Dutch petrochemicals major LyondellBasell files for bankruptcy

Netherlands-based LyondellBasell, the world's third-largest petrochemical company, has filed for bankruptcy protection under the weight of a massive debt load and slumping demand for its products. (See: Chemical maker LyondellBasell may be on the brink of bankruptcy)

The Chapter 11 filing, made in the US bankruptcy court in the southern district of New York, included Houston-based Lyondell Chemical Co, 79 other US affiliates and one European holding company. Assets were listed at $27 billion and debts at $19 billion.

LyondellBasell said it has already arranged up to $8 billion in debtor-in-possession (DIP) financing to cover ongoing operations, including $3.25 billion in new funding. Another $3.25 billion has been earmarked to refinance debt and nearly $1.52 billion will be used to cover existing working capital requirements.

CEO Volker Trautz assured the firm would keep running during the restructuring. ''Our goal is for the company to continue its operations and its relationships with customers and suppliers in the normal course,'' he said in a statement. ''We are aggressively exploring additional ways to lower our costs and streamline operations in a response to a very difficult global economic environment.''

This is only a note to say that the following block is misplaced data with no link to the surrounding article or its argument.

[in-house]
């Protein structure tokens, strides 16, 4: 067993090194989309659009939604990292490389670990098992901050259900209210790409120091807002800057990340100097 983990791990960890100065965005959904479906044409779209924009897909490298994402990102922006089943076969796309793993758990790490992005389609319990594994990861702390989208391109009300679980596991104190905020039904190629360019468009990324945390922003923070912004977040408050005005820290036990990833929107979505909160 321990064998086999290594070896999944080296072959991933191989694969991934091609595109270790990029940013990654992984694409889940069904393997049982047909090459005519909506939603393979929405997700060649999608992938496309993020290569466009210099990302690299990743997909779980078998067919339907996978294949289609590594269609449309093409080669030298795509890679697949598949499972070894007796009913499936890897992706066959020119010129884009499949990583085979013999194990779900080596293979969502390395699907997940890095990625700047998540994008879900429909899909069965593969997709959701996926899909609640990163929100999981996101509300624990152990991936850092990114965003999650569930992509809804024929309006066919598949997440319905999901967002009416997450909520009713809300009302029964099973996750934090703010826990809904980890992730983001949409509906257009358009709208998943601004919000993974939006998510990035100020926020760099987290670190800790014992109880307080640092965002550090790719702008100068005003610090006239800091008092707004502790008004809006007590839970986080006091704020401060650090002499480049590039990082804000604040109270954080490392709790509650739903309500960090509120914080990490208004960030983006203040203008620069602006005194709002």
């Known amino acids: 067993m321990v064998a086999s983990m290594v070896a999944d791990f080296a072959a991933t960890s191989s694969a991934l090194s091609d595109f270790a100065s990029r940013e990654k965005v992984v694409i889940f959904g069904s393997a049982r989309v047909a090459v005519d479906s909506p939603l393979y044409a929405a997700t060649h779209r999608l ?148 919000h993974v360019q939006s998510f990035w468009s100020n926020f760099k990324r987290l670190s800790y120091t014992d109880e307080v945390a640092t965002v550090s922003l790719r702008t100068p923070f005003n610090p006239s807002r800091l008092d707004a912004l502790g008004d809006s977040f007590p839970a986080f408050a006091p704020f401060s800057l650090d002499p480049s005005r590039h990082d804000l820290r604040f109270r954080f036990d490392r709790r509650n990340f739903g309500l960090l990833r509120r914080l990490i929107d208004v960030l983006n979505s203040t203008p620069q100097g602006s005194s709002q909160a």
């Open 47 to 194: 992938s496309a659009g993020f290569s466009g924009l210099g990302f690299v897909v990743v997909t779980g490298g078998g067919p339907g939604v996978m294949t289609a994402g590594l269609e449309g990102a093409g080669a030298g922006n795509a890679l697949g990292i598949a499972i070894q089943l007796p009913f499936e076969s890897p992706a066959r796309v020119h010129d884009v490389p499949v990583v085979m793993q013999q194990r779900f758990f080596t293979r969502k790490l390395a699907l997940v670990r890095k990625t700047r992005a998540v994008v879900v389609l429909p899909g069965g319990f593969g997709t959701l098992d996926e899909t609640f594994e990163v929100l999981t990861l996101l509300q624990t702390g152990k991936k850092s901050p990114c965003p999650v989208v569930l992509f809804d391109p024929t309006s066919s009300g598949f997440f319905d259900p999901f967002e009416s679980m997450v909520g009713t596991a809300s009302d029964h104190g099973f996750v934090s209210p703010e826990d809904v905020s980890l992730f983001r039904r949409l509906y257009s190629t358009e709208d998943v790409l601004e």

The privately-held Rotterdam-based company, forged in December 2007 in a highly-leveraged $12.7 billion takeover of Lyondell Chemical by billionaire Len Blavatnik's Basell AF, has been struggling under a heavy debt load while demand for such core products as transport fuel, plastics and paint unraveled in the current global economy.

Blavatnik's privately held industrial group Access Industries said it has provided $750 million of the $3.25 billion of new DIP financing committed to LyondellBasell's restructuring effort. LyondellBasell said "unprecedented volatility" in raw material costs and a "dramatic softening" of demand for its products had hobbled business in the second half of 2008. That trend accelerated in December as customers postponed orders in a bid to draw down their own inventories.

"Though we currently anticipate this situation to be short-term and expect customers to increase their purchasing in 2009, we made the decision to file Chapter 11 in order to provide the company wit the time and resources necessary to facilitate an orderly restructuring and position the business for the long term," Trautz said.

LyondellBasell, with 17,000 workers and revenues of $44.7 billion in 2007, has seen its liquidity drop to $639 million currently from $1.67 billion at the end of the third quarter, falling short of its quarterly interest and maintenance costs.